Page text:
In other words, maybe Nikon makes/sells grips so you can shoot at 8fps and have a camera that will still last as long as they (and we) would like it to last, which just might prove impossible when running it at 8fps with its regular battery.

I hope no one hurts their camera experimenting.

Regards,

Peter

digital-freak Senior Member • Posts: 2,786
Re: Interesting...

Peter,

You make a very good point. I have to admit I was curious and did set my D300 so it could shoot 8 fps and it did work. I doubt if I will use it very much, but its nice to know I have the option if I should need the speed. The fact that it will only shoot 9 frames at a time might keep me from over heating the circuitry.

Ponylander wrote:

Hi.

I'm curious why so many people are assuming that Nikon limited the
D300 without the grip to 6fps just so they can make money by selling
grips.

I won't argue that Nikon sells grips at a profit, but maybe Nikon
also makes/sells grips so you can shoot at 8fps without having a
large enough voltage drop (read large current draw) to overheat small
and expensive digital circuitry and compromise camera
longevity/reliability.

A scaled-up example of what I'm talking about is off-road 4-wheeling
with electric winches. The FASTEST way to burn up a winch motor -
aside from constant use without sufficient time to cool down - is to
connect it to a small battery or one that is not fully charged; when
you close the circuit, there is enough voltage to get the electrons
to flow (i.e., the battery not being dead, current will flow), yet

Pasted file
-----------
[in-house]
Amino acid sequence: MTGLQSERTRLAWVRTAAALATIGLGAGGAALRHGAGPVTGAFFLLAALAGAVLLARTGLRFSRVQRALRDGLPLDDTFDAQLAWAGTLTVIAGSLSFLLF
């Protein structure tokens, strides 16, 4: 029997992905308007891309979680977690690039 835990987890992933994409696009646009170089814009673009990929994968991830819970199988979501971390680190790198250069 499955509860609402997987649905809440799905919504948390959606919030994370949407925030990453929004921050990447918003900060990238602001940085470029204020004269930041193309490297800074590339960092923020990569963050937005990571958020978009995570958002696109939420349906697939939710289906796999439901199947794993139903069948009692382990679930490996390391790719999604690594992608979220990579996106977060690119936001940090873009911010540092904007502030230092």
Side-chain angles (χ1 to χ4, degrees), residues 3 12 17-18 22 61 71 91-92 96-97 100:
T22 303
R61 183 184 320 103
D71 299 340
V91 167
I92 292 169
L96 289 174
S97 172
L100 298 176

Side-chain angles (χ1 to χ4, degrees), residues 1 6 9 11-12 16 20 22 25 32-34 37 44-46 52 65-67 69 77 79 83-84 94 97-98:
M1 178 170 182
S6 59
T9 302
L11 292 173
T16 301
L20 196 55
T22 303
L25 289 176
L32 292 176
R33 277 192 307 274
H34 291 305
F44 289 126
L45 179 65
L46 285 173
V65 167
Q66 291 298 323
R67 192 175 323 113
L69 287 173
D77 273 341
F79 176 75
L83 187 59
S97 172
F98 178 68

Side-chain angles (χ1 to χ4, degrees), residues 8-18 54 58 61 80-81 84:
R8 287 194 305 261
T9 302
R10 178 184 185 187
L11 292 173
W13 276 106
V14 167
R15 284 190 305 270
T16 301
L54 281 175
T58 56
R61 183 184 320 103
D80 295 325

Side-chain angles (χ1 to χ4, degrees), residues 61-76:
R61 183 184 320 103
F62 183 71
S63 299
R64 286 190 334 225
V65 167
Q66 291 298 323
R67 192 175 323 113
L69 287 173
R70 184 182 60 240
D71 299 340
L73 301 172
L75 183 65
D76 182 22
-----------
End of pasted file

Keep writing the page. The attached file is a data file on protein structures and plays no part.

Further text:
not enough to limit that current flow (since they have an inverse
relationship for a given power requirement), so then the current
becomes excessive from a thermal standpoint. If you think a 20-amp
extension cord can get warm, picture car battery cables of about the
same diameter conducting 500 amps - or more - for a couple minutes
continuously (the smart ones use thicker cables). More current =
more heat, and unless you are talking arctic temperatures, more heat
is almost always a bad thing for electronics. This is also one
reason why heavier-duty power tools often run on 230 volts instead of
115 volts.

Conversely, use two oversized and fully charged batteries wired in
parallel (i.e., still "12" volts), and that same winch motor will
pull the same load while running cooler - because the two batteries
can better maintain a higher voltage, so the current flow is less.
Semantically, this can be viewed in reverse, but there is no flow of
current without voltage potential, so I won't debate that here.

In other words, maybe Nikon makes/sells grips so you can shoot at
8fps and have a camera that will still last as long as they (and we)
would like it to last, which just might prove impossible when running
it at 8fps with its regular battery.

I hope no one hurts their camera experimenting.

Regards,

Peter

-- hide signature --
mlewan Senior Member • Posts: 1,350
Re: D300 does 8fps without vertical grip

Does this still work after the latest firmware updates? I tried it for the first time yesterday, and I get no more than 6 fps, even if I follow these instructions.

Cheers
Magnus

Anh Bi Regular Member • Posts: 102
Re: D300 does 8fps without vertical grip

It works with the latest firmware release.

Make sure that when you press the bracketing button, you set it for 9 frames exposure.